Harding (1936) 25 Cr. and Beaumont was one of those people.” I hope I have made it plain that this court has well in mind that such reception must be wholly exceptional. Blackburn give evidence that in their judgment death was not due to the stab wound but to something else. The headnote is short: “Conviction of murder quashed after the court had heard fresh medical evidence as to the cause of death. probably express other opinions. the court emphasising the fact that such reception of fresh evidence was to be regarded as wholly exceptional. in the opinion of those doctors. There were two things other than the wound which were stated by these two medical witnesses to have brought about death. is a thing any jury would hesitate to do. which was only properly attributable. where Donovan J. The two doctors both take the same view about it. to the fact that the patient was intolerant to terramycin. Keith Simpson and Mr.App. of course. Some people. As to the second requisite. Blackburn agreed. have come to a different verdict. we felt bound to say that the question is not whether we. Dr. The jury. the jury might certainly have hesitated very long before saying that they were satisfied that death was due to the stab wound. There is one further aspect that it is important I should emphasise lest this case is cited in some other case. When Mr. terramycin. With a view to preventing infection it was thought right to administer an antibiotic. we feel that.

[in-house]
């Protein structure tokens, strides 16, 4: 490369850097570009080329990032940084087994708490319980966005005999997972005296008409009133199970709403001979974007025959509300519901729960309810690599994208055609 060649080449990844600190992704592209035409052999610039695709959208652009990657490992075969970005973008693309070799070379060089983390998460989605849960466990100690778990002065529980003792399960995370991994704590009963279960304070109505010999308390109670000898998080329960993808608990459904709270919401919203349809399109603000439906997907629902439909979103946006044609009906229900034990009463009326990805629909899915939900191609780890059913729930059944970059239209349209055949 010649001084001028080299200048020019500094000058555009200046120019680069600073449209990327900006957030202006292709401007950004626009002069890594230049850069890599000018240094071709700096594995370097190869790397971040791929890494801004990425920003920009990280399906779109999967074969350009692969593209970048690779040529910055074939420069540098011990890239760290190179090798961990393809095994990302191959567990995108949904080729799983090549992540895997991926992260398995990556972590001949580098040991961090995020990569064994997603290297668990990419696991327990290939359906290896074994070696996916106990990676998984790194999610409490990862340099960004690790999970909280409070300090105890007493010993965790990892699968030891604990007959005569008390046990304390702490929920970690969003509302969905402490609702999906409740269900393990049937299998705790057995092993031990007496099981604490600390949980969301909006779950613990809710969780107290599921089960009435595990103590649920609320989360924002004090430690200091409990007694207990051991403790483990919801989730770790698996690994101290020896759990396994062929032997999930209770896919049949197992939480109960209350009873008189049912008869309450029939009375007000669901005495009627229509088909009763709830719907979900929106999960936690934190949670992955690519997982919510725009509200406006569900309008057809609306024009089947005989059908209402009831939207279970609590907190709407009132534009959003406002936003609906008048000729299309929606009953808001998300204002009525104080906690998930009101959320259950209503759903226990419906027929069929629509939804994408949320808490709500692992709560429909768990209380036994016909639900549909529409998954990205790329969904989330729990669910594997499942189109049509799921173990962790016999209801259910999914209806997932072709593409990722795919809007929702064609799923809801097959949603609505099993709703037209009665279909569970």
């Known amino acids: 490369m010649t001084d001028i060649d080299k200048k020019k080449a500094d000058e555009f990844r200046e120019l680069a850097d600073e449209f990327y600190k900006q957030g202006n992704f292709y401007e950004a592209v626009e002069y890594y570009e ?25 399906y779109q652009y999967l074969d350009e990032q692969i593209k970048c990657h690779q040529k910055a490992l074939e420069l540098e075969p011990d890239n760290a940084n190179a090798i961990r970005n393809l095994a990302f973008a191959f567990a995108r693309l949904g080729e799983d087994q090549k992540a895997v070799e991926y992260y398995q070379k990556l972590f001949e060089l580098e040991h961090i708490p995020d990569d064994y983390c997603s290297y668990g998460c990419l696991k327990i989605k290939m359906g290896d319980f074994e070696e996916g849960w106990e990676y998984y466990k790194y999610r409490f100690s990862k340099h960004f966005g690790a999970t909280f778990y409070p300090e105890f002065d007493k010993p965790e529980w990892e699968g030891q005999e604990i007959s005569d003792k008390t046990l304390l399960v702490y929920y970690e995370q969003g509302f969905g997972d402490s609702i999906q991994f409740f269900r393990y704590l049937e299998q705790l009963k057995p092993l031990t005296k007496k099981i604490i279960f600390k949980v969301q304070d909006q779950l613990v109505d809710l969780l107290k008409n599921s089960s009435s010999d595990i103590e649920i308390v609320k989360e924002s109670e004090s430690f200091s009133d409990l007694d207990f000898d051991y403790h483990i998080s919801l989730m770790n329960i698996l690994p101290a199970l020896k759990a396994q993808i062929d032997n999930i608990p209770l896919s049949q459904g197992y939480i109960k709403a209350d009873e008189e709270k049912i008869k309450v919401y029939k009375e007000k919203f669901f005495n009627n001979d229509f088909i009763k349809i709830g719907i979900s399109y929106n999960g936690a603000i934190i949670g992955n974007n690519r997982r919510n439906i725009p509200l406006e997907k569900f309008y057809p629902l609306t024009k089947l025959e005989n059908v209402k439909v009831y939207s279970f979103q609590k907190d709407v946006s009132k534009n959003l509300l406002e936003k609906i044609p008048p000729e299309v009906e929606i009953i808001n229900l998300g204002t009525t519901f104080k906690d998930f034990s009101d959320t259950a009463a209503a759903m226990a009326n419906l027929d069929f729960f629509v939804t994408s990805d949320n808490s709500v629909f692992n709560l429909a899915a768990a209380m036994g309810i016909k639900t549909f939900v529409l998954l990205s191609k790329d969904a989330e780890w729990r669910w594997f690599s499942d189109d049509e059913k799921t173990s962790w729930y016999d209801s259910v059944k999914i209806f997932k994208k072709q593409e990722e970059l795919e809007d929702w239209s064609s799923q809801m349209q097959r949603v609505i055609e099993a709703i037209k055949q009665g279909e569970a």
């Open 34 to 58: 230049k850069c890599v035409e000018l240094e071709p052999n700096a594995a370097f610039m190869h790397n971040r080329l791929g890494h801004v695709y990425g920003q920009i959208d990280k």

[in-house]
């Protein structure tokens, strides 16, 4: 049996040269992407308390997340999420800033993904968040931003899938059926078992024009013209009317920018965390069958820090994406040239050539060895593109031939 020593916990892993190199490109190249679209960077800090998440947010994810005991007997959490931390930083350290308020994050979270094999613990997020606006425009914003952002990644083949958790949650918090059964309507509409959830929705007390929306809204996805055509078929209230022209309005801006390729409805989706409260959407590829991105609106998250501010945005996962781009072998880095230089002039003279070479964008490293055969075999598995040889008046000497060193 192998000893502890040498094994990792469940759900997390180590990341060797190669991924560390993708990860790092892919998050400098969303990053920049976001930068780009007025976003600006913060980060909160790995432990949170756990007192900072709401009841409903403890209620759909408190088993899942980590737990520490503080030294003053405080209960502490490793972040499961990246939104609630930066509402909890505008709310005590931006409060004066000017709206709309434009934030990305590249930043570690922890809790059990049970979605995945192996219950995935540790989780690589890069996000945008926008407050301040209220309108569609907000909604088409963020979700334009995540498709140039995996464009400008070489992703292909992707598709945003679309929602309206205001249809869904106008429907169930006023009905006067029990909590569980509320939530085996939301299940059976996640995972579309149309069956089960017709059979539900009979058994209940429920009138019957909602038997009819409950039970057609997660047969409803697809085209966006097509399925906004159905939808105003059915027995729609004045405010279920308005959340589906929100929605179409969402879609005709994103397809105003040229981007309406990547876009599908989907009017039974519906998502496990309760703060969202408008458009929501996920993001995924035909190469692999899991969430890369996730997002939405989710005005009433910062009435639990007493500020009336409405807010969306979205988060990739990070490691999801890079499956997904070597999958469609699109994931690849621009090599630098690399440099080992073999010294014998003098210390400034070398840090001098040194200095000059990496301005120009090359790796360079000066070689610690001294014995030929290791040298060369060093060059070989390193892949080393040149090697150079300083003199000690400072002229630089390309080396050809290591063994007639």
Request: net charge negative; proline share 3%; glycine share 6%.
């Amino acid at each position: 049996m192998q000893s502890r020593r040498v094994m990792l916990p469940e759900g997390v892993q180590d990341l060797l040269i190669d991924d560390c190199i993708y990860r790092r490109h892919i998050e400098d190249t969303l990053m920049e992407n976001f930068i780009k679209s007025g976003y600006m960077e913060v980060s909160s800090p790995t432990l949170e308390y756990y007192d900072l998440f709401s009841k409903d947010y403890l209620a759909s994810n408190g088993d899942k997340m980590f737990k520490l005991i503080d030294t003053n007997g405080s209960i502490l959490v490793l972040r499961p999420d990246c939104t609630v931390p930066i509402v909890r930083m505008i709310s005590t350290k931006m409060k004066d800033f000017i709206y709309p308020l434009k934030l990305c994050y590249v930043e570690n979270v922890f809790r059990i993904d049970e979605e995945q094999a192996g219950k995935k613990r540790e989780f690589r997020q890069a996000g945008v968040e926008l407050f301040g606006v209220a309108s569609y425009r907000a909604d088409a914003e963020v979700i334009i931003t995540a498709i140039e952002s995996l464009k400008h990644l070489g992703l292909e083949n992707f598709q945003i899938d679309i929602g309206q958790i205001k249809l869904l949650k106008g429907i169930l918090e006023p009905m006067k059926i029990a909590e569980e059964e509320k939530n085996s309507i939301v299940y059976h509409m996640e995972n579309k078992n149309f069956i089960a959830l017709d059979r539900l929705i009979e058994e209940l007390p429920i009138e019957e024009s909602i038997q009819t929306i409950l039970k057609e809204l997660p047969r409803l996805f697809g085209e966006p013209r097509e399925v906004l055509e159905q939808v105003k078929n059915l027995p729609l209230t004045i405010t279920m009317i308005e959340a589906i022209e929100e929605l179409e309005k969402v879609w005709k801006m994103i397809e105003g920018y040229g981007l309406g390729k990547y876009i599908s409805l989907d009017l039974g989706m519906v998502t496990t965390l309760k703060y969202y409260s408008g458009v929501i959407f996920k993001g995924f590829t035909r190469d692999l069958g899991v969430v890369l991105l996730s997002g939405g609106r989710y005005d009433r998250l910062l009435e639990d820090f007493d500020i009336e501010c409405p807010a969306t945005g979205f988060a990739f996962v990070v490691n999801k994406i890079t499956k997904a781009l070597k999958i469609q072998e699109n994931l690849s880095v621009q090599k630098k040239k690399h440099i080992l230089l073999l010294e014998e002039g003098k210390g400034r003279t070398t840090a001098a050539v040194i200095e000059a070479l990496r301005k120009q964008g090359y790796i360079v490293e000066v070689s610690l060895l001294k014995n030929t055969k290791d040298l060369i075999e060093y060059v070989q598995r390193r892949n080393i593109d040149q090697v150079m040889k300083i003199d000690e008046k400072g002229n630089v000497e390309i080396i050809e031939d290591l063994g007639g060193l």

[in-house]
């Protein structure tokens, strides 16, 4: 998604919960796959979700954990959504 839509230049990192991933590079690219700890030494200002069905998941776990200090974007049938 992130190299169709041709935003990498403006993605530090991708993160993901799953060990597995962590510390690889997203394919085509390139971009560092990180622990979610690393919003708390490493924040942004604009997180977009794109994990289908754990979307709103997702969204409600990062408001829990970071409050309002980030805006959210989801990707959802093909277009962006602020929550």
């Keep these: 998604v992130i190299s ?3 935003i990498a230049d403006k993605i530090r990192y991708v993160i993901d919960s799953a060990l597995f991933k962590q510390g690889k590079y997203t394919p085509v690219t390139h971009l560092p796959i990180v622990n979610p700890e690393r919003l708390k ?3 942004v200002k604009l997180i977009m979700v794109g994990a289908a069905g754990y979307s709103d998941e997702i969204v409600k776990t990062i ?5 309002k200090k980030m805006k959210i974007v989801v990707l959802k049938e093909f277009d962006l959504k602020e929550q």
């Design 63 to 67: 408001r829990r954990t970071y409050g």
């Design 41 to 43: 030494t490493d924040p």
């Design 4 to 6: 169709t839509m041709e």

. After the initial doses he developed diarrhoea. *157 but it was mainly healed at the time of death. Stanley-Price was trying to assist the court by cross-examining those doctors with a view to showing that they were mistaken in their opinions. I have not yet referred to what is perhaps the most important case from the present point of view. Mr. particularly in a capital case. and when he told us that he was prepared to tender the evidence of doctors who would.case where the evidence sought to be given had not been in any true sense available at the trial. if the jury had heard that evidence. that the evidence proposed to be tendered is such that. Simpson said that to introduce a poisonous substance after the intolerance of the patient was shown was palpably wrong. but flying in the face of it. would not be bound by medical opinion. The case *156 is markedly distinct from a case such as Sparkes ( supra ). namely.R. Thereupon the administration of terramycin was stopped. they might very likely. The stab wound had penetrated the intestine in two places. however. according to his instructions. and a proper dose was administered. would have accepted and acted on the opinions those gentlemen expressed. and indeed probably would. 190 . if we were a jury. if the jury had heard two doctors of the standing of Dr. It was agreed by the two additional witnesses that that was the proper course to take. pointed out that the evidence was available to the appellant if he thought fit to use it. are intolerant to terramycin. but whether the jury in all probability would have allowed their verdict to be affected by them. but unfortunately the very next day the resumption of such administration was ordered by another doctor and it was recommenced the following day.